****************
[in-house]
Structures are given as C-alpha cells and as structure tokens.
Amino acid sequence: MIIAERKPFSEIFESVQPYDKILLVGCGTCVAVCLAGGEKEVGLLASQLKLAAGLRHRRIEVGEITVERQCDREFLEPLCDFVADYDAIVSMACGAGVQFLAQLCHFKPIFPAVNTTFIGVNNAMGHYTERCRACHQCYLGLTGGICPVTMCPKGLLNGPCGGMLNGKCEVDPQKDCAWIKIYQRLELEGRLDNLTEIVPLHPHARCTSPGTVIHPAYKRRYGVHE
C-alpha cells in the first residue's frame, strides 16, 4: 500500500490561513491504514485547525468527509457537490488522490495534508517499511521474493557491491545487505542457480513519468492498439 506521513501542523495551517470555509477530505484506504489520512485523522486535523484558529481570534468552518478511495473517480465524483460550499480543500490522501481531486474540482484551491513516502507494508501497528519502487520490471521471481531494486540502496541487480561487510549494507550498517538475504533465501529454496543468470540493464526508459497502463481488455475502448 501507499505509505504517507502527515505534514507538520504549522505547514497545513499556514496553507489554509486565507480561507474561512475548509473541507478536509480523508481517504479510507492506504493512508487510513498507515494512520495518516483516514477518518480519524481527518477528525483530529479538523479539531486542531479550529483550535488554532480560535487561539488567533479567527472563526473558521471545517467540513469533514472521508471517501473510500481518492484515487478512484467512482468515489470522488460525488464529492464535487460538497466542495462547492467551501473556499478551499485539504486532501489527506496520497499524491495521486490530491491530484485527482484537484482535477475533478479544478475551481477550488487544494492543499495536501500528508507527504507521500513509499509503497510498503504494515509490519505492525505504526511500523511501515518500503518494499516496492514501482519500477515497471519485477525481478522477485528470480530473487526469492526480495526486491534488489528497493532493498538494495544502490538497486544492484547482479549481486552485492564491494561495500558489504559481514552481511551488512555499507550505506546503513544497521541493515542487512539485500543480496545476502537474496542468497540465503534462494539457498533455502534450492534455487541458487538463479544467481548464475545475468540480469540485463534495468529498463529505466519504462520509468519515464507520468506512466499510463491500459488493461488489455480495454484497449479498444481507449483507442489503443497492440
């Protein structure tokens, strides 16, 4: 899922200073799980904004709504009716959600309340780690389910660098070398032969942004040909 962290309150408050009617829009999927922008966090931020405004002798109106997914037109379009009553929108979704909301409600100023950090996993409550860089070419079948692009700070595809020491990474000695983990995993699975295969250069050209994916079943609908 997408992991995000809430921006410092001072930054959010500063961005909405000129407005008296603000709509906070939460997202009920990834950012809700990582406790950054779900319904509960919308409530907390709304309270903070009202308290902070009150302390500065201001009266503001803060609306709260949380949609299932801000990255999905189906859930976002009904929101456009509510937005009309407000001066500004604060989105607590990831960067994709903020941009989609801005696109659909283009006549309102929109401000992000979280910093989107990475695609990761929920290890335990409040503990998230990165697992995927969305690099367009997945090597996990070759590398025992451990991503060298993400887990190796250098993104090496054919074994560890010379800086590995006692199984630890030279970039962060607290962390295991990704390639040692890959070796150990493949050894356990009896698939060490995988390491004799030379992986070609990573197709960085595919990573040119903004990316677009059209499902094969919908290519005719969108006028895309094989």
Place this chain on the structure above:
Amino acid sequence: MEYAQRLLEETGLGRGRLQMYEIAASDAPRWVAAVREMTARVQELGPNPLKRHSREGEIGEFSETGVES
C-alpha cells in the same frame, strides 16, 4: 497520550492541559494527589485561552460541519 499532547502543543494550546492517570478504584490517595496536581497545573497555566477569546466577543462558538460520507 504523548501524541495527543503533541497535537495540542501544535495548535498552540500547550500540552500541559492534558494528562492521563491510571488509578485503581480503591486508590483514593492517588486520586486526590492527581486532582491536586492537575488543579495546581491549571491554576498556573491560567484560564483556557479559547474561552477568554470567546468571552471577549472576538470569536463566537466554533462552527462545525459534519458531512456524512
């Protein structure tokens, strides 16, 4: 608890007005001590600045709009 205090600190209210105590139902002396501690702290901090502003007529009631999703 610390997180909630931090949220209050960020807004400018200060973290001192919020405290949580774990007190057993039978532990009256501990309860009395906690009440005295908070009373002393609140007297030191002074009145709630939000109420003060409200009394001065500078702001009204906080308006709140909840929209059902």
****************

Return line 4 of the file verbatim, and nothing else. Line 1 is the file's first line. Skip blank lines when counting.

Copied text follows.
C-alpha cells in the first residue's frame, strides 16, 4: 500500500490561513491504514485547525468527509457537490488522490495534508517499511521474493557491491545487505542457480513519468492498439 506521513501542523495551517470555509477530505484506504489520512485523522486535523484558529481570534468552518478511495473517480465524483460550499480543500490522501481531486474540482484551491513516502507494508501497528519502487520490471521471481531494486540502496541487480561487510549494507550498517538475504533465501529454496543468470540493464526508459497502463481488455475502448 501507499505509505504517507502527515505534514507538520504549522505547514497545513499556514496553507489554509486565507480561507474561512475548509473541507478536509480523508481517504479510507492506504493512508487510513498507515494512520495518516483516514477518518480519524481527518477528525483530529479538523479539531486542531479550529483550535488554532480560535487561539488567533479567527472563526473558521471545517467540513469533514472521508471517501473510500481518492484515487478512484467512482468515489470522488460525488464529492464535487460538497466542495462547492467551501473556499478551499485539504486532501489527506496520497499524491495521486490530491491530484485527482484537484482535477475533478479544478475551481477550488487544494492543499495536501500528508507527504507521500513509499509503497510498503504494515509490519505492525505504526511500523511501515518500503518494499516496492514501482519500477515497471519485477525481478522477485528470480530473487526469492526480495526486491534488489528497493532493498538494495544502490538497486544492484547482479549481486552485492564491494561495500558489504559481514552481511551488512555499507550505506546503513544497521541493515542487512539485500543480496545476502537474496542468497540465503534462494539457498533455502534450492534455487541458487538463479544467481548464475545475468540480469540485463534495468529498463529505466519504462520509468519515464507520468506512466499510463491500459488493461488489455480495454484497449479498444481507449483507442489503443497492440